The address on the envelope was in the city, possibly Mapes’ last residence before his arrest and incarceration at San Quentin. It wasn’t sealed, the flap tucked inside. It was creased in the middle and folded in two, very neatly, and a short message was handwritten with one of those new fangled pens some guy in Argentina invented, name of Biro. The ink was smudged on the thin writing paper, but I could just make out these words:
Continue reading “Whatever Happened to Yvonne LeDoux? Part 4”
Never Die Alone
She wasn’t really sure how long she’d stood motionless, with the derringer still in her hand. A trail of smoke floated freely out the tip of the barrel, like a cigarette. She noted it without seeing it – just a small piece of the scene of horror in front of her, Jimmy’s eyes in a long stare, as if he’d found something interesting on the ceiling. A hole in his chest, though it was only the blood she could see, pooling and spreading, a stain she was responsible for.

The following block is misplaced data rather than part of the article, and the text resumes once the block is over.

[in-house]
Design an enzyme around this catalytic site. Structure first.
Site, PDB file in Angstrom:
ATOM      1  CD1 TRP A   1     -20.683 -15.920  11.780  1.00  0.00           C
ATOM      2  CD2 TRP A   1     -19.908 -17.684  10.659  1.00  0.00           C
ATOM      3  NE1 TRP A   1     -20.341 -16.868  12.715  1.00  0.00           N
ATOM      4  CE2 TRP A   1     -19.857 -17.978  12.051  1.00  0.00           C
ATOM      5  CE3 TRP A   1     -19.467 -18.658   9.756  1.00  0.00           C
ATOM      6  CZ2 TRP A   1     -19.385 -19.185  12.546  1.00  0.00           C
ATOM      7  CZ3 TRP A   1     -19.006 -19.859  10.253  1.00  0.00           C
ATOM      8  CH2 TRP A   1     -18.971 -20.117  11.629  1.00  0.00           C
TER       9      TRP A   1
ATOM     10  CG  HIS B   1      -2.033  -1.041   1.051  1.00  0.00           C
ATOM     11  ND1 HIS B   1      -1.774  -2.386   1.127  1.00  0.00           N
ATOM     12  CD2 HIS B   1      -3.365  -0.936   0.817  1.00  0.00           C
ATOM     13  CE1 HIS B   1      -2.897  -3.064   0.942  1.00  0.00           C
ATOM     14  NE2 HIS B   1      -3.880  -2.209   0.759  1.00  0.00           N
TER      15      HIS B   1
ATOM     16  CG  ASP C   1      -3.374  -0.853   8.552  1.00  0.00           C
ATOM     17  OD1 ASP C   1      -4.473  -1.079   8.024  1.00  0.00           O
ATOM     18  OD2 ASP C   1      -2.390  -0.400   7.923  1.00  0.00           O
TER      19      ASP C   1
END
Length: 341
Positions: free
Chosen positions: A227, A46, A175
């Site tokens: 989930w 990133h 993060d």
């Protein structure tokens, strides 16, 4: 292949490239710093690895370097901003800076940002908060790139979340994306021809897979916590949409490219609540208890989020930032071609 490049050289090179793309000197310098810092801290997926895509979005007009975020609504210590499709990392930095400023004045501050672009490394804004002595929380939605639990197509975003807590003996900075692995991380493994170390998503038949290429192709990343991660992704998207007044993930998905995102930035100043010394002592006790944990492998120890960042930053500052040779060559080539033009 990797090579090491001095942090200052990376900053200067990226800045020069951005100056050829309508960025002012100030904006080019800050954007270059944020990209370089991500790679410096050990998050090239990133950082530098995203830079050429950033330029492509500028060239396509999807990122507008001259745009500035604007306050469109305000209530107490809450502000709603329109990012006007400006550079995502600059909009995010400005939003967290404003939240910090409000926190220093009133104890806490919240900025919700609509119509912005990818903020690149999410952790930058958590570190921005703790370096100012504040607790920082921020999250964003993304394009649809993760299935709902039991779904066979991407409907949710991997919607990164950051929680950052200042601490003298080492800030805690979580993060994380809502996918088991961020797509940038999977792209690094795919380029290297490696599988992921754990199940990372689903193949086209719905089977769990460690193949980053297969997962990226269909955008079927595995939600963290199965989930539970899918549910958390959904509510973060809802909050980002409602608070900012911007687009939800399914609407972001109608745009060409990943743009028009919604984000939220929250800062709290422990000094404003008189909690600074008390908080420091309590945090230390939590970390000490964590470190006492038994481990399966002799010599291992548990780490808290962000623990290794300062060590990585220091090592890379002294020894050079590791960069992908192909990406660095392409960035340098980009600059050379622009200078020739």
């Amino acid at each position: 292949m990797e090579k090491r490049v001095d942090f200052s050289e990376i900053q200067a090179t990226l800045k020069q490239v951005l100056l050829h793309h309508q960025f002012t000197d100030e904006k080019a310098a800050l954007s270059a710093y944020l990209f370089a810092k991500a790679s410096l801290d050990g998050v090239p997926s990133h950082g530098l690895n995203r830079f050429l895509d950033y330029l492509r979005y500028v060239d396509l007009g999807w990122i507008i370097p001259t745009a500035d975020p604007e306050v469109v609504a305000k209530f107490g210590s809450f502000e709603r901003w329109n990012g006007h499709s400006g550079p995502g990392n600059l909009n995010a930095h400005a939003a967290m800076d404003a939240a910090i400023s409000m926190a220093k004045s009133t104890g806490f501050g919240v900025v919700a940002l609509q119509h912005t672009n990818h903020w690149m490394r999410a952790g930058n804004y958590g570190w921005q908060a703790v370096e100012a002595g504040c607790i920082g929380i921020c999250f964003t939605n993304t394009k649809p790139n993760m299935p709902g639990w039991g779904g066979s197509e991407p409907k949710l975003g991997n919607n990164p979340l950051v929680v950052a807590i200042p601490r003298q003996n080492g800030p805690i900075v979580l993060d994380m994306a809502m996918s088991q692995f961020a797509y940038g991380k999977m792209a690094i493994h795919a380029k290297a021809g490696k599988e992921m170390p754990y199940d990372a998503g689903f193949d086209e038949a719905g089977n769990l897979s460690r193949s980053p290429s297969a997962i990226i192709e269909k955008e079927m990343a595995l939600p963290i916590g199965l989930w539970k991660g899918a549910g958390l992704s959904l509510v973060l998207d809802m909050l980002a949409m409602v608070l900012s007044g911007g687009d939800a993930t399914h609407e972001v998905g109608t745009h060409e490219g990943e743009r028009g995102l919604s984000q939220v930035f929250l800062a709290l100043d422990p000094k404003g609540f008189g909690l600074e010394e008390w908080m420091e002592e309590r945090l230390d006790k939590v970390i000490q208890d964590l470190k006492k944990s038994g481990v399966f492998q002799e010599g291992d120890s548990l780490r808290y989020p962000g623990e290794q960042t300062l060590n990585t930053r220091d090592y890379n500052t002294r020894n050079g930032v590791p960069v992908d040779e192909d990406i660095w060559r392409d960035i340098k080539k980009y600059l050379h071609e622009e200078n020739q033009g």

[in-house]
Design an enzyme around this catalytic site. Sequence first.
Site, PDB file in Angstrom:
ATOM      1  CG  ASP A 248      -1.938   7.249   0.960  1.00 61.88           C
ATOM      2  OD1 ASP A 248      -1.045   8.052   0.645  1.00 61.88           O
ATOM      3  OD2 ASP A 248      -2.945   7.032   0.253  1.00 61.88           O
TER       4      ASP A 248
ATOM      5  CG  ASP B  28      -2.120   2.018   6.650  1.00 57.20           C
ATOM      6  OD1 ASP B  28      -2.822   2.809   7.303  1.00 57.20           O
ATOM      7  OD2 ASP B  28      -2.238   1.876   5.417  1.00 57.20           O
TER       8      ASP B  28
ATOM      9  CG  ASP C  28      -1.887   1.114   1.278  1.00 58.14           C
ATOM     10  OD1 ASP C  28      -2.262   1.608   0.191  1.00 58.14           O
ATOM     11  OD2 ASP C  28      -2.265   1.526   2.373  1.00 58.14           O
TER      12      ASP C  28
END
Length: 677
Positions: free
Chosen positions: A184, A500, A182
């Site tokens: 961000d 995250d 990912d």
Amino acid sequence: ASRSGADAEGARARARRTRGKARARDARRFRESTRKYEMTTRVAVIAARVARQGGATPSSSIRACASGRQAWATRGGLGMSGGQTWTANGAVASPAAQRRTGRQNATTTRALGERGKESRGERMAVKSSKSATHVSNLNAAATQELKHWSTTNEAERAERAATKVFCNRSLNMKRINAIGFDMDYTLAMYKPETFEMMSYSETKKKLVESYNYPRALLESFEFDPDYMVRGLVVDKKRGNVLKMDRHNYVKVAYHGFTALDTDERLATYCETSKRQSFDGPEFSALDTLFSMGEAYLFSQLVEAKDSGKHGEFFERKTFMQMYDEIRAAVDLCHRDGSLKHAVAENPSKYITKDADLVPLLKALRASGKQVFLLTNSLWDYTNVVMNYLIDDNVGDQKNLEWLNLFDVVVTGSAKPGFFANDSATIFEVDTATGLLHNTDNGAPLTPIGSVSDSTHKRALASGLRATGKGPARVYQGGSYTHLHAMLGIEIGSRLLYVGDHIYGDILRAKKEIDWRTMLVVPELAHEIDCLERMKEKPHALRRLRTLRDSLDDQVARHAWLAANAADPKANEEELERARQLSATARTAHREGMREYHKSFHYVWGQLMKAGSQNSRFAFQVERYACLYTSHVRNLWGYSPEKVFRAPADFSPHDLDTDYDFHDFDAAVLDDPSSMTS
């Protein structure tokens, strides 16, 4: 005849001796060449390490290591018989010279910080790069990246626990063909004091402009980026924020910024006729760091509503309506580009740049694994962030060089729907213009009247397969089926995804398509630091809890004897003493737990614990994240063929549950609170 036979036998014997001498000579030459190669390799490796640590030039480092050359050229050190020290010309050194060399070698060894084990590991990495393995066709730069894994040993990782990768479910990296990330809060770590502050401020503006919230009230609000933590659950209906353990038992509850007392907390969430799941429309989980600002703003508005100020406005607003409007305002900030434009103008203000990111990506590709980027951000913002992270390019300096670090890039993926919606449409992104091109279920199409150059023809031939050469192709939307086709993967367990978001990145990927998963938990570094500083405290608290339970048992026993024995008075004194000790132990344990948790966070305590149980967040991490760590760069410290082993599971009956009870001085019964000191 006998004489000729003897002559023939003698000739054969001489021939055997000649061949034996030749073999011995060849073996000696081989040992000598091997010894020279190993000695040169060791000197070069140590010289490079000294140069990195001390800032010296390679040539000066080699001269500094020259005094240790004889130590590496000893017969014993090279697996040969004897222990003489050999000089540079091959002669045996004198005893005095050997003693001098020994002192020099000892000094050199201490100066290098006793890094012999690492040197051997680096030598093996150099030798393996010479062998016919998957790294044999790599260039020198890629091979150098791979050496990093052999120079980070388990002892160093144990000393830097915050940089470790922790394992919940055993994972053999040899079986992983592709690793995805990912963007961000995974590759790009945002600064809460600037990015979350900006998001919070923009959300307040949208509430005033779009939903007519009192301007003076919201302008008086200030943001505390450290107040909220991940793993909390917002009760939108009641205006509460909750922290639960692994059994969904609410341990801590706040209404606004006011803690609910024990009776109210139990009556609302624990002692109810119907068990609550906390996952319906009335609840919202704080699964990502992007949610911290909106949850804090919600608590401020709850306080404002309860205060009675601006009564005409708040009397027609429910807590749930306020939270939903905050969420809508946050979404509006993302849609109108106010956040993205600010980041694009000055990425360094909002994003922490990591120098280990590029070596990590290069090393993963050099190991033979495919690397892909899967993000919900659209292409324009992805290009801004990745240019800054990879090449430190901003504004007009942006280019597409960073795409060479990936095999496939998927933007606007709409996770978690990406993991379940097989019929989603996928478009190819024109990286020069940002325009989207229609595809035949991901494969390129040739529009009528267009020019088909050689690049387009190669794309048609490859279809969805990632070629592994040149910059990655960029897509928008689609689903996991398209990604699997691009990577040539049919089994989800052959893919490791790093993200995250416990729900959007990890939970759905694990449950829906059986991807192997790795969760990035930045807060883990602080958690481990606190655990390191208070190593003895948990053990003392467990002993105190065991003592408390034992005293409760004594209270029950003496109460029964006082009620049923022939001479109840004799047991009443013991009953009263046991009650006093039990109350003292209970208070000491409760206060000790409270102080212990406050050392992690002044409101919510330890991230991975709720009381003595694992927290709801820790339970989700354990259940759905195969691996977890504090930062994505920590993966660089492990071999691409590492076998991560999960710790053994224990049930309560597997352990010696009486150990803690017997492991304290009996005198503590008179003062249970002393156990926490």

Continue reading “The Chanteuse & The Derringer – Conclusion”
Whereas bad men are usually depicted as being brash, charismatic and just downright evil, Larry is uncharacteristically meek, indecisive, even apologetic.
In my post, Deceitful Dames,
I talked about bad women, and now I’m going to talk about bad men. I’m not sure why there has been so much written and spoken about femme fatales, but almost nothing has been mentioned about bad men, so called homme fatale.
Whatever the reason, I hope this post might redress the balance, just a little bit.
Continue reading “The Very Bad Men Of Noir”
Which Was The Baddest of Them All?
After finishing my blog about Bad Girls of Film Noir, I asked myself if there was a competition between the various ladies who might vie for that honor, who would win?
(Just a note here to show that I’m no misogynist: I’ll be writing about Bad Men in future blogs. I promise.)
Continue reading “Deceitful Dames”